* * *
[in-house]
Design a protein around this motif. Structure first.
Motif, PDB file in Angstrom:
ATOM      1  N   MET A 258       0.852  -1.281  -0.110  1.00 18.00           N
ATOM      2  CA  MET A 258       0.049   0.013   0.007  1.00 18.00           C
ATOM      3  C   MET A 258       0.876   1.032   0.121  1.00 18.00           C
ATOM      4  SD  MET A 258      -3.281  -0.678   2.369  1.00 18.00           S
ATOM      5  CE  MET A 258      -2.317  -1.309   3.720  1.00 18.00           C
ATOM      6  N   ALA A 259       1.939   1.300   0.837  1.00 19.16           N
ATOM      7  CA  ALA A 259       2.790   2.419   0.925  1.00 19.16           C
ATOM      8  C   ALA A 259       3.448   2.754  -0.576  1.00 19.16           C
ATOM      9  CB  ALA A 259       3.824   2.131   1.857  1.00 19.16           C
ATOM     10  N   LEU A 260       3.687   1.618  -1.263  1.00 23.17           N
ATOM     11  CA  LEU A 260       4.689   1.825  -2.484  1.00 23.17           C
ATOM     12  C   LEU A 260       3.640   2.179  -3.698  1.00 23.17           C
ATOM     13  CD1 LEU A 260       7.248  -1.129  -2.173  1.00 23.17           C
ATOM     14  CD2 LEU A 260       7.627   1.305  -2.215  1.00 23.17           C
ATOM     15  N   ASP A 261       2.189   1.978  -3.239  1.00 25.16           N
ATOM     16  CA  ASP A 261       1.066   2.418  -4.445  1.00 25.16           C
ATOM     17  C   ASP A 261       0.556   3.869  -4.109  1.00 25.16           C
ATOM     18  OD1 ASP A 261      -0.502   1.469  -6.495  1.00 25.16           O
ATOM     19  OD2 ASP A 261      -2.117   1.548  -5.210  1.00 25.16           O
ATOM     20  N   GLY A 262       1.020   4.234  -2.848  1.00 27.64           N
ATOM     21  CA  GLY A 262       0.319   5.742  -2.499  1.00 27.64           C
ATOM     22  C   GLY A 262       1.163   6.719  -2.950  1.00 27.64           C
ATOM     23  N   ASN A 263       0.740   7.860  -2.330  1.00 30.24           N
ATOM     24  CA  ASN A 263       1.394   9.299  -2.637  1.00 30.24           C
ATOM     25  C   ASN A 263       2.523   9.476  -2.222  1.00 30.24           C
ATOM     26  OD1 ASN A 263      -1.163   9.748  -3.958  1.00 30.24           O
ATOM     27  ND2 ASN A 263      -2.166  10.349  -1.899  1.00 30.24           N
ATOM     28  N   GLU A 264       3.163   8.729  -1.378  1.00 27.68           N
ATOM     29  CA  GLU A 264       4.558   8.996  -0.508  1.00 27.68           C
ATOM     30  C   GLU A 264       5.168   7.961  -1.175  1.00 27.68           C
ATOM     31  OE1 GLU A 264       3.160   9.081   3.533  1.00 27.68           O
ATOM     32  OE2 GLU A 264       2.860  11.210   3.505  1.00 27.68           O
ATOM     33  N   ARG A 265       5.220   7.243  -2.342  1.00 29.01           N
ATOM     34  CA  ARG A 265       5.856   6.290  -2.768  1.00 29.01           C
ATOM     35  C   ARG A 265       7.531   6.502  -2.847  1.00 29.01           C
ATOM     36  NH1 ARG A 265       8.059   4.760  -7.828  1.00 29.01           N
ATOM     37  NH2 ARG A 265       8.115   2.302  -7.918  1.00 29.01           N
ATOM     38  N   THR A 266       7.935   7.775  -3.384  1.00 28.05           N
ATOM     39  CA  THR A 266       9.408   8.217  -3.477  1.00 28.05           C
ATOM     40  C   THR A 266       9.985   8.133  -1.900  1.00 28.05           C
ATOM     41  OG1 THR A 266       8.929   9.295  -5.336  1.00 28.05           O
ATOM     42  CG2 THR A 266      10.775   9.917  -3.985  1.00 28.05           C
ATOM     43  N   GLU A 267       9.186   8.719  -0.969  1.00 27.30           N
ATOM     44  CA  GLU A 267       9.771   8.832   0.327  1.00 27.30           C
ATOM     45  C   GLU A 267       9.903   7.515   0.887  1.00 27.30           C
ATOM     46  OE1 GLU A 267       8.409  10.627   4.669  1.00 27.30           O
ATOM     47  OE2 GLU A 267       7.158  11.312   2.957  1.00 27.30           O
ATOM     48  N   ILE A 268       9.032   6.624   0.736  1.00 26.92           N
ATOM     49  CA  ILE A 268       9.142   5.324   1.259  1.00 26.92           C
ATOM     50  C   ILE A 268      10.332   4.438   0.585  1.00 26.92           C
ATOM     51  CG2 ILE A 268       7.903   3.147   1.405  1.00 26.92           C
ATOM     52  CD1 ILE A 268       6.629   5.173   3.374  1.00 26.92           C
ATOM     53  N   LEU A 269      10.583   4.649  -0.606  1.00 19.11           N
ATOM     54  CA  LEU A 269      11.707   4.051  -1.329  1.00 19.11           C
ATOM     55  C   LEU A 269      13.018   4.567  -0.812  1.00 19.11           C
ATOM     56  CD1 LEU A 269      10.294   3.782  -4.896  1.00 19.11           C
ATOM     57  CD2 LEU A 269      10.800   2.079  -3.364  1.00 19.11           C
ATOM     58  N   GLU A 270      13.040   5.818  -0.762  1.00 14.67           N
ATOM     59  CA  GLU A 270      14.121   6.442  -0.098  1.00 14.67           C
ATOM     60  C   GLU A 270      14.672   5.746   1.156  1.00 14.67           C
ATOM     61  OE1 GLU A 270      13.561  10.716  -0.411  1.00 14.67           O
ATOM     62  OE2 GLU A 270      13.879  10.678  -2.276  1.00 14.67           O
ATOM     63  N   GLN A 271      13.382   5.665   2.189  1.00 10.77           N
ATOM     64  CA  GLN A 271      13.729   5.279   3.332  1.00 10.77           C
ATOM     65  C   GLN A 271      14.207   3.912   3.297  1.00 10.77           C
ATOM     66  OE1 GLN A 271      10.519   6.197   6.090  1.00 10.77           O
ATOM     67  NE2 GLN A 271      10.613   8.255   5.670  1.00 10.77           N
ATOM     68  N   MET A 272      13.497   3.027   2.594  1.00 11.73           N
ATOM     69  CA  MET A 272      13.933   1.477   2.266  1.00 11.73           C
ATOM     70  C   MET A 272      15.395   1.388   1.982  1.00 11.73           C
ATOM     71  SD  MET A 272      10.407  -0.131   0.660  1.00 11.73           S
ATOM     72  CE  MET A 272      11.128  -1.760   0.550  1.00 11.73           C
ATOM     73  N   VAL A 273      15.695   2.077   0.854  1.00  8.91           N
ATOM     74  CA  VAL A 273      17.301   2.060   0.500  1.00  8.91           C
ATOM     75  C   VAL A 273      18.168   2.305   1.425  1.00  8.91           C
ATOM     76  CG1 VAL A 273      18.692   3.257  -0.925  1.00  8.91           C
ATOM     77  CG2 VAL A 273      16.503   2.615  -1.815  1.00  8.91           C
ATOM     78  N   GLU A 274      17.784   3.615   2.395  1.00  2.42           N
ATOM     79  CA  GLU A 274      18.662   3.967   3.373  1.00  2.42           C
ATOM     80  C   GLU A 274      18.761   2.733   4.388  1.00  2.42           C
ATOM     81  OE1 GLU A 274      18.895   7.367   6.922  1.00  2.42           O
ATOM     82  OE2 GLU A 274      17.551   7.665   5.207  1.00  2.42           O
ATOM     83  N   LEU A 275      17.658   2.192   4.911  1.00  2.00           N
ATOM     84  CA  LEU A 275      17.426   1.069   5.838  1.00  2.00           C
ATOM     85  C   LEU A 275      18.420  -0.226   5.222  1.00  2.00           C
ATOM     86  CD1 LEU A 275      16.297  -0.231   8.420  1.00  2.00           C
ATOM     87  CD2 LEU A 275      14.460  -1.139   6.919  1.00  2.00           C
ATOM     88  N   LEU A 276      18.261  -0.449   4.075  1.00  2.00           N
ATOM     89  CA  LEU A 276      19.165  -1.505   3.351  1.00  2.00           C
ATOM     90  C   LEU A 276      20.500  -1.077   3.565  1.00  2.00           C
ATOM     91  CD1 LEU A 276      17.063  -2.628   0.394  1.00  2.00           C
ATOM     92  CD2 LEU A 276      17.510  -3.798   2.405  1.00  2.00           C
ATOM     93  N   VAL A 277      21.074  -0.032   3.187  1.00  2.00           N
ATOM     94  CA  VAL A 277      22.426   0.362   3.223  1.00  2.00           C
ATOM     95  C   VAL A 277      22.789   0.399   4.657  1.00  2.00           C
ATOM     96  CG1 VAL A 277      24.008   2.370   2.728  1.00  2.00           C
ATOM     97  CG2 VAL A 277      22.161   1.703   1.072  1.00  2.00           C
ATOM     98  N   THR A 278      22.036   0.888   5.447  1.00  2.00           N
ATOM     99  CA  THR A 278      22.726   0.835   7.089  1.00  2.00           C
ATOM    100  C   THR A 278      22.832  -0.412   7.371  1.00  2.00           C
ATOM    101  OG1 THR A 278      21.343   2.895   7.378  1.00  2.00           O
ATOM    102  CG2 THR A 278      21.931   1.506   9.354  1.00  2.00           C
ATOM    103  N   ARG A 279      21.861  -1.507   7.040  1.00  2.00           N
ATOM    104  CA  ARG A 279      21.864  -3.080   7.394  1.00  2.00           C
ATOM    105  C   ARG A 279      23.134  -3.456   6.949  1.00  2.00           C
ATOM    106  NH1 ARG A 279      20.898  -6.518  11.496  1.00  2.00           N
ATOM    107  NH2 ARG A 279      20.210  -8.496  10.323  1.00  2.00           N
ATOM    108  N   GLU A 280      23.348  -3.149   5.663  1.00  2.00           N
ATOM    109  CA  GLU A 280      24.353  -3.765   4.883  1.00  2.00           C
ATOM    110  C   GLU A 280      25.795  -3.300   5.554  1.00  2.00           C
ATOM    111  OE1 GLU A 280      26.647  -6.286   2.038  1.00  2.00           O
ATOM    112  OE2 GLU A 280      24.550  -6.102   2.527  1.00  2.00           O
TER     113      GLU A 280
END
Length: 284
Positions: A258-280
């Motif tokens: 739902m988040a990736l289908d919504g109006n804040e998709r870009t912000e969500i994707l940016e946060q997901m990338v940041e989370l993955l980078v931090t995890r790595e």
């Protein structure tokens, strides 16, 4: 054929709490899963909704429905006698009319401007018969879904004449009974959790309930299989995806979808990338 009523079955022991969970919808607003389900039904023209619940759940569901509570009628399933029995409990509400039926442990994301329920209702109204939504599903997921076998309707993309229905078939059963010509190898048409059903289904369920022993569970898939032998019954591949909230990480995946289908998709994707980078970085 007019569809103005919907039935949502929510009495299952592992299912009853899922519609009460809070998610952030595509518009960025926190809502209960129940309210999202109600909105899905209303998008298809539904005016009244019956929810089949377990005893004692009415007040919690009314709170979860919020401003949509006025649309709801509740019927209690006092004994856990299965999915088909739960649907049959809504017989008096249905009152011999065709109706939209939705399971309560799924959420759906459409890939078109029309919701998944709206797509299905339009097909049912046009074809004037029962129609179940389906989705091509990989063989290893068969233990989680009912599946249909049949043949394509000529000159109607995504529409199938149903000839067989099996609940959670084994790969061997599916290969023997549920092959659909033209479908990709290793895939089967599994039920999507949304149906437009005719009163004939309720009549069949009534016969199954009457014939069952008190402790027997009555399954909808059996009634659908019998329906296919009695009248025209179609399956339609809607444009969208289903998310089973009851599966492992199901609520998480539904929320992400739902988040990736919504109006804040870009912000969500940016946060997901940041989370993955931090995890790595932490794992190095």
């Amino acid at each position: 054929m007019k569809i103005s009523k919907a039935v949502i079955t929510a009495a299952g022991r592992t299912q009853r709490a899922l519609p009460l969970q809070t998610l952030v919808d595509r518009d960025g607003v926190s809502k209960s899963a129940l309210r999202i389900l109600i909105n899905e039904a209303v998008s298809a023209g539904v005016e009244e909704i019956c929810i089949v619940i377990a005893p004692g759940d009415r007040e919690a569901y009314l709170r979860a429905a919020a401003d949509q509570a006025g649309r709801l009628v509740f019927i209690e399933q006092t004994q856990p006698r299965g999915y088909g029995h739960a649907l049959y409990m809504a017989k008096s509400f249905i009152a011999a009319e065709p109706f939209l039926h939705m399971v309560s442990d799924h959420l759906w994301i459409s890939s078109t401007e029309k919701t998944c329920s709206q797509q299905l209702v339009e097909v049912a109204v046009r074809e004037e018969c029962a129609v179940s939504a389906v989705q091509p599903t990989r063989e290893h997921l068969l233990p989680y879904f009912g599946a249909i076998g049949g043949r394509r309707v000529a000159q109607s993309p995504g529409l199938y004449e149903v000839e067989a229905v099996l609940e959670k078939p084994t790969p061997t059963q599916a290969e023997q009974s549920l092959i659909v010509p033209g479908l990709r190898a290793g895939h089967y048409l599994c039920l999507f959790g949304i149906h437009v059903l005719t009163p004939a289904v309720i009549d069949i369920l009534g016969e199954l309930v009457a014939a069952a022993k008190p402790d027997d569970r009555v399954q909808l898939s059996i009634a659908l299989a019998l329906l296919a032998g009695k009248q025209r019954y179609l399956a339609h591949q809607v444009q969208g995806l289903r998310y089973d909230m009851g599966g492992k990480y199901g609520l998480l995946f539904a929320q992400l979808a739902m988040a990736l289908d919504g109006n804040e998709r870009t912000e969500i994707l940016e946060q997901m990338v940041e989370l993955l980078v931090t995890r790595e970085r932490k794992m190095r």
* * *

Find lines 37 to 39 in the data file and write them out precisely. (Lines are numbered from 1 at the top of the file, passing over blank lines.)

ATOM     34  CA  ARG A 265       5.856   6.290  -2.768  1.00 29.01           C
ATOM     35  C   ARG A 265       7.531   6.502  -2.847  1.00 29.01           C
ATOM     36  NH1 ARG A 265       8.059   4.760  -7.828  1.00 29.01           N